Election signs at polling locations

On the election date (including pre-polling), independent candidates and registered political parties are permitted to have election signs at polling locations. These election signs can be static or hand held (including waving placards).

You do not need approval from Brisbane City Council to display election signs, as long as you comply with the relevant conditions.

Election signs are not permitted in Council parks or malls without written approval from Council. 

Election signs at polling locations other than City Hall on the election date

Registered political parties or independent candicates may display election signs at polling location footpaths on the election date (including pre-polling) as part of an election display. An election display is the area in which a custodian has responsibility for the election signs as well as any tables or chairs.

You do not need Council approval for an election display on the footpath, as long as you comply with the following conditions:

  • each registered political party or independent candidate may only erect one election display at each entrance to the polling place
  • election signs must not obstruct pedestrians or traffic, constitute a safety hazard or interfere with public infrastructure
  • no election signs are to be erected or placed on a median strip or roundabout
  • a custodian must not be more than six metres away from any sign in the election display at any time
  • the maximum number of four election signs may be displayed per election display
  • a double-sided election sign is counted as two signs
  • the maximum size of each election sign is 0.6 square metres
  • if the election sign involves the use of digital media, the sign must only use static images (i.e. no animation or moving pictures)
  • continuous signage devices may be erected provided they are not attached or affixed to any Council infrastructure or asset.

Other signs advocating for a particular cause or issue may be included in an election display as part of the maximum number of signs, with permission of the custodian. If a sign advocating for a particular cause or issue is not part of an election display, written approval from Council is required.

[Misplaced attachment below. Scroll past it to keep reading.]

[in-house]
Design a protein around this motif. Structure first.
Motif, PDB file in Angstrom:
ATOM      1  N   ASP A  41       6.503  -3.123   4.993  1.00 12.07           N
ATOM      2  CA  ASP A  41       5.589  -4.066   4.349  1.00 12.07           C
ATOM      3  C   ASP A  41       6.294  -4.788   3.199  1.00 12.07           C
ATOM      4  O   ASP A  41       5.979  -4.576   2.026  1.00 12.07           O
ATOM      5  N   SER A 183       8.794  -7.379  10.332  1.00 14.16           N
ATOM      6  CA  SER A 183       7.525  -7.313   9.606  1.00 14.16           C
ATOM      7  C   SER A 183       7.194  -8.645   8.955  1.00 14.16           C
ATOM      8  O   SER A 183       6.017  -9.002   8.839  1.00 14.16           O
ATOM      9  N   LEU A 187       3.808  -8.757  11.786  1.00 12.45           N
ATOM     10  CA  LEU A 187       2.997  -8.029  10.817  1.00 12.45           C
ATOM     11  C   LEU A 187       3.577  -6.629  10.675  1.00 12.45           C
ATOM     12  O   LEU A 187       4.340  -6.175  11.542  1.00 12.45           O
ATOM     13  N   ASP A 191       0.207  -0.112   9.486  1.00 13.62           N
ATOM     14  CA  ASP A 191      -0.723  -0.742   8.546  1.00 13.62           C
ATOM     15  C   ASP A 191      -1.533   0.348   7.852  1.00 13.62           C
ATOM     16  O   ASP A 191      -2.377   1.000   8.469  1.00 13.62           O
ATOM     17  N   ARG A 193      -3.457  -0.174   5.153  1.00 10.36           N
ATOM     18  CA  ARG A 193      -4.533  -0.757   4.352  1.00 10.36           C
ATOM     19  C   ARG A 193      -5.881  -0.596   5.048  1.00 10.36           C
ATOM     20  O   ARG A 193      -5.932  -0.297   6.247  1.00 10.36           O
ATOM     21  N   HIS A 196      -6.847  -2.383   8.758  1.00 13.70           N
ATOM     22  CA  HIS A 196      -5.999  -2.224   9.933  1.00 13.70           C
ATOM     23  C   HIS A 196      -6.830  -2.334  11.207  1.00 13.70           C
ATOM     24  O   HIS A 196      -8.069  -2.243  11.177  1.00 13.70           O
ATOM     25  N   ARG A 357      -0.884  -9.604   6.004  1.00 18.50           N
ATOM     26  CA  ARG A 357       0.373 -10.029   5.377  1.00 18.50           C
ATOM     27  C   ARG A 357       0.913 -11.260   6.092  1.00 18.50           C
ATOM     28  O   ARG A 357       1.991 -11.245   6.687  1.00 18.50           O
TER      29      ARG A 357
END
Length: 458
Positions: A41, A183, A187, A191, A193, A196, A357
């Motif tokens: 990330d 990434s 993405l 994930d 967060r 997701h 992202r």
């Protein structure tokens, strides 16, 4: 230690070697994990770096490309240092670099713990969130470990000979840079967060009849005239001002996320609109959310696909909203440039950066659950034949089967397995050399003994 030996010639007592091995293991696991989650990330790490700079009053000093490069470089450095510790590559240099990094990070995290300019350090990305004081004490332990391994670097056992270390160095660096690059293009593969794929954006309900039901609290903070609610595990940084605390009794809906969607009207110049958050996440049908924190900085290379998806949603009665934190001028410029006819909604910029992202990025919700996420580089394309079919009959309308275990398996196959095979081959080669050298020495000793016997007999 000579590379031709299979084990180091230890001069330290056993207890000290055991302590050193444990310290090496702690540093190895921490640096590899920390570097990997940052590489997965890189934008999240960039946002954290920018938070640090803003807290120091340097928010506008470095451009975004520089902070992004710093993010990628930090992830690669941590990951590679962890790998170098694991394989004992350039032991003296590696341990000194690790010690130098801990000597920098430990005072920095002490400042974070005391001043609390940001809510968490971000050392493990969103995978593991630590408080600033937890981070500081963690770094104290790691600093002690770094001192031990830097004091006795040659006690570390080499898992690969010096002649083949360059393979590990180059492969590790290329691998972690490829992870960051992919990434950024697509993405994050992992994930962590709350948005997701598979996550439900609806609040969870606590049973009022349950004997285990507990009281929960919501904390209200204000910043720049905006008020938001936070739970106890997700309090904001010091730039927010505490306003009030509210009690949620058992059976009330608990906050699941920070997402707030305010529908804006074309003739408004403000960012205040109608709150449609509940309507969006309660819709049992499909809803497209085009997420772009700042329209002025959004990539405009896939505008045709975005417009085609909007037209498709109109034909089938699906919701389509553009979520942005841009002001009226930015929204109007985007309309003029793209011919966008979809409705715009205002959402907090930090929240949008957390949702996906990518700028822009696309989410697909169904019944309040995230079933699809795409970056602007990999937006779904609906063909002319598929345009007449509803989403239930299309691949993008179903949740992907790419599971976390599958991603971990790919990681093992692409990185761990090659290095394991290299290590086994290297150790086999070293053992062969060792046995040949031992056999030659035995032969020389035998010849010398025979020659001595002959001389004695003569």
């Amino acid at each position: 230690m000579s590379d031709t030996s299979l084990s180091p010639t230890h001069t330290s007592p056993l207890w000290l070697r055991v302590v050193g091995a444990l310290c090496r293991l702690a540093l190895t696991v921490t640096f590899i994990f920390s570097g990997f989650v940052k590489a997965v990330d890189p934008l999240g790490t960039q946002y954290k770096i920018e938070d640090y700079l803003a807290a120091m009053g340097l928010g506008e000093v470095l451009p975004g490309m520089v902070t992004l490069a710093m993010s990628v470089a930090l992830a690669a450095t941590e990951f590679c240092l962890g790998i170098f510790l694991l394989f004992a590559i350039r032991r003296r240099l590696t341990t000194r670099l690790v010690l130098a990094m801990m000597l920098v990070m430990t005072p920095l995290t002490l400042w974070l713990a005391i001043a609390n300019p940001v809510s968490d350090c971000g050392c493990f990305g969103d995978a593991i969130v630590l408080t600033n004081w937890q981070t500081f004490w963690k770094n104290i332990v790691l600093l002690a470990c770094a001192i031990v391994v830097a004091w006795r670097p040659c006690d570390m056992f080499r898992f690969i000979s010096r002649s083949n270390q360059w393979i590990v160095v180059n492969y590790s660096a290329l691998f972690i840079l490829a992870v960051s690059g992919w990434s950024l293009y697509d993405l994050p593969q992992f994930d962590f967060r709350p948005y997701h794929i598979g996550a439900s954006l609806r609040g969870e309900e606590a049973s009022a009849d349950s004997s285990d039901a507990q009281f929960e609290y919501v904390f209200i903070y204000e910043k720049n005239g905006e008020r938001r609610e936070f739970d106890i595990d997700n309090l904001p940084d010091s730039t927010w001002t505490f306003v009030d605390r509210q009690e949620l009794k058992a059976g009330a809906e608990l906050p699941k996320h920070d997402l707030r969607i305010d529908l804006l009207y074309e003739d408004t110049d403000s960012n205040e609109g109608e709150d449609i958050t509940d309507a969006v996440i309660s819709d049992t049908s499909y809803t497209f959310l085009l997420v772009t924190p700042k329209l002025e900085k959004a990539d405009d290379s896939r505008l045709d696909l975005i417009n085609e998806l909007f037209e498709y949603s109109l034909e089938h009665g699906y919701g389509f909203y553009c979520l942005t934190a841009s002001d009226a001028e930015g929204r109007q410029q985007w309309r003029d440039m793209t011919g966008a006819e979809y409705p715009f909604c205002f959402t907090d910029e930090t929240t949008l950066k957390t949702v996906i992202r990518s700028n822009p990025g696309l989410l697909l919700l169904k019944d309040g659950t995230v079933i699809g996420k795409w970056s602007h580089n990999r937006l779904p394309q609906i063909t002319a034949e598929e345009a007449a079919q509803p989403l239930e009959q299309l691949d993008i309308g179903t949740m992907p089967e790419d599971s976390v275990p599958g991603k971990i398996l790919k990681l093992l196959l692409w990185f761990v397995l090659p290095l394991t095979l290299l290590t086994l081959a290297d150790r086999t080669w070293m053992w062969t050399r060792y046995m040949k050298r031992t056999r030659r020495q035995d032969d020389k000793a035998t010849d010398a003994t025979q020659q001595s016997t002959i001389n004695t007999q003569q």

Election signs in the King George Square specified area

The King George Square specified area includes the:

  • access laneway immediately in front of City Hall between Adelaide Street and Ann Street, and
  • footpath areas of these two streets immediately beside City Hall.

Election signs may be placed or erected in the King George Square specified area for the period that pre-polling occurs at City Hall, provided that:

  • election signs do not obstruct pedestrians or traffic, constitute a safety hazard or interfere with public infrastructure
  • no election signs are erected or placed on a median strip or roundabout
  • each registered political party or independent candidate has no more than four election displays in the King George Square specified area
  • other signs advocating for a particular cause or issue may be included in an election display as part of the maximum number of signs, with permission of the custodian
  • a sign advocating for a particular cause or issue is not part of an election display (written approval from Council is required)
  • the maximum number of four election signs displayed per election display
  • a double-sided election sign counts as two signs
  • the maximum size of each election sign is 0.6 square metres
  • the custodian must always be in a position to visibly supervise the election display and remain within the King George Square specified area
  • no election displays are allowed within six metres of the entrance to City Hall
  • if the election sign involves the use of digital media, the sign must only use static images (i.e. no animation or moving pictures)
  • you can erect continuous signage devices provided they are not attached or affixed to any Council infrastructure or asset.

Election sign enforcement

Find out the guidelines for political parties, candidates and elected representatives by downloading:

Last updated:10 July 2019